Good fit

Xavier Silas was the most excited to finally become eligible for Northern Illinois after sitting out last season, but sophomore point guard Mike DiNunno wasn't far behind.

DiNunno knew exactly what Silas, a junior shooting guard who transferred from Colorado, could mean for him and the Huskies. For one, Silas would quickly add to DiNunno's assist total, and, more importantly, he would give Northern Illinois an instant advantage in the Mid-American Conference.

Both have been true.

"We don't have a lot of guys in our conference who are 6-5, can shoot it and defend like that," DiNunno said. "Obviously, X is someone who creates a lot of mismatches in our conference."

MAC coaches quickly are discovering what DiNunno has known ever since Silas began practicing. Through nine conference games, Silas has averaged 21.1 points -- second in the MAC -- and has been the reason why Northern Illinois has remained in striking distance of the conference leaders.

Silas did arrive at Northern Illinois with high expectations for a number of reasons. His size at guard is an anomaly in the MAC. He averaged in double digits over two seasons in the Big 12. He is also the son of former NBA player James Silas, who was nicknamed "Captain Late" for his late-game heroics.

Northern Illinois coach Ricardo Patton never doubted Silas would be able to live up to the hype. Patton has been following Silas' career for some time. As the head coach at Colorado, Patton originally recruited and landed Silas out of Brewster Academy in Wolfeboro, N.H.

After Patton became Northern Illinois' coach, and Silas was dismissed for an undisclosed reason from Colorado after two seasons, Patton went after him again.

Having known Silas, Patton wasn't worried about his departure from Colorado. It hadn't stemmed from academic or criminal troubles. It apparently had more to do with differences between Silas and current Colorado coach Jeff Bzdelik.

"I read what was out there," Patton said. "I got to know the kid, and I got to the know the family the year he played at Colorado as a freshman. I wasn't concerned with whatever issues may have occurred out there. I knew we wouldn't have an issue here. I think he's a quality young man, and I think he has quality parents."

Silas doesn't like discussing his Colorado days. He did admit that he never expected to be kicked off the team.

"That's a story in itself," he said. "It was a shock to everybody. It was a definite shock. That's pretty much all I want to talk about Colorado and the dismissal. I'm trying to look forward and be optimistic."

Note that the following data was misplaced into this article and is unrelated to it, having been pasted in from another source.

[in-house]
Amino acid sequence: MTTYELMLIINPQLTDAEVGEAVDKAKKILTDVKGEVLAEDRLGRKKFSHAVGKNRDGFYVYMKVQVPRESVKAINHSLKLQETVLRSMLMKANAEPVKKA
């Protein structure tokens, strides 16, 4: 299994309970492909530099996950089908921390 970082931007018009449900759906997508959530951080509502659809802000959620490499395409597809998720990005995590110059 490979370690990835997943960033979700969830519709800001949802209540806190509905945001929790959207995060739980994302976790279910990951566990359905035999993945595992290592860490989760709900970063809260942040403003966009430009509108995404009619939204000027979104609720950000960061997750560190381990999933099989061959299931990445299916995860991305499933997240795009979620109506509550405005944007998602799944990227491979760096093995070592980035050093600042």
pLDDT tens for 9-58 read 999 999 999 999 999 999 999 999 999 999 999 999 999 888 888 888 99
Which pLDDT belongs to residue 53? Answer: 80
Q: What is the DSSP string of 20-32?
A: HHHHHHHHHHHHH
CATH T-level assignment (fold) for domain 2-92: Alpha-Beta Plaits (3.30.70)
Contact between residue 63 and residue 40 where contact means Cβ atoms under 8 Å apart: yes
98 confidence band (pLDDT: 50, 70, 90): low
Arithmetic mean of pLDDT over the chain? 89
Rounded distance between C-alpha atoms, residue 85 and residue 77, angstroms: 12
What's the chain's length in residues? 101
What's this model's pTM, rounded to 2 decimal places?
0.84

It was the approach Silas took to begin the season, but his optimism was quickly knocked out of him. After averaging 29 points over two exhibition games, Silas' luck failed him as he fractured his right hand during his regular-season debut on Nov. 13.

"The first question was, 'How long?'" Silas said. "[The doctor] said it was going to be about a month. I couldn't really believe it. It was like a story, you know what I mean."

Silas returned to action against Minnesota on Dec. 15. In his first two games back, he struggled. He shot a combined 8-for-33 against Minnesota and Illinois-Chicago.

From there, he picked it up. He had 19 points against Maryland-Eastern Shore. He followed with 26 points against Temple, which started a started a string of four consecutive games with 24 or more points. In conference, he had 26 points against Central Michigan on Jan. 23, and the next game he put up 31 against Ohio and then 27 against Buffalo.

Northern Illinois has endured an up-and-down season. It began 2-8 with Silas out of the lineup in most of the games. Shortly after he returned, the Huskies went on a six-game winning streak, returned to .500 and opened up the MAC with a 4-0 record. Since then, they've struggled again and lost their last five games.

Despite the season's rollercoaster, DiNunno has seen an improvement in this year's team over last year's 10-20 squad, and he believed Silas has played a role.

"Last year, we didn't know where the points were going to come from, where the energy was going to come from every night," DiNunno said. "We didn't know who was going to show up every night. This year, everyone knows their roles. We have evolved into a more complete team.

"[Silas'] our scorer. We need him to score. We need to him come up in big situations. We need him to rebound and defend at the wing."

Silas provides more than just scoring. He shoots nearly 80 percent from the free-throw line and averages about two assists, five rebounds and a steal per game.

"There are guys can who score as good as him in this league," Patton said. "There are guys who can shoot the ball better. I think it's the total package that helps him at this level."

Silas does feel some pressure with his role, but just as his father once made a career of coming through in the clutch, Silas also enjoys having the spotlight shining on him.

"It's not an easy thing to have the role I have," Silas said. "At the end of the day, there's a lot of pressure that comes with it. I like that pressure. Anybody who is a competitive person likes pressure. That's part of the game. It wouldn't be fun if there wasn't pressure. Otherwise, it would be pick-up."

Scott Powers covers high school and college sports for ESPNChicago.com and can be reached at spowers@espnchicago.com.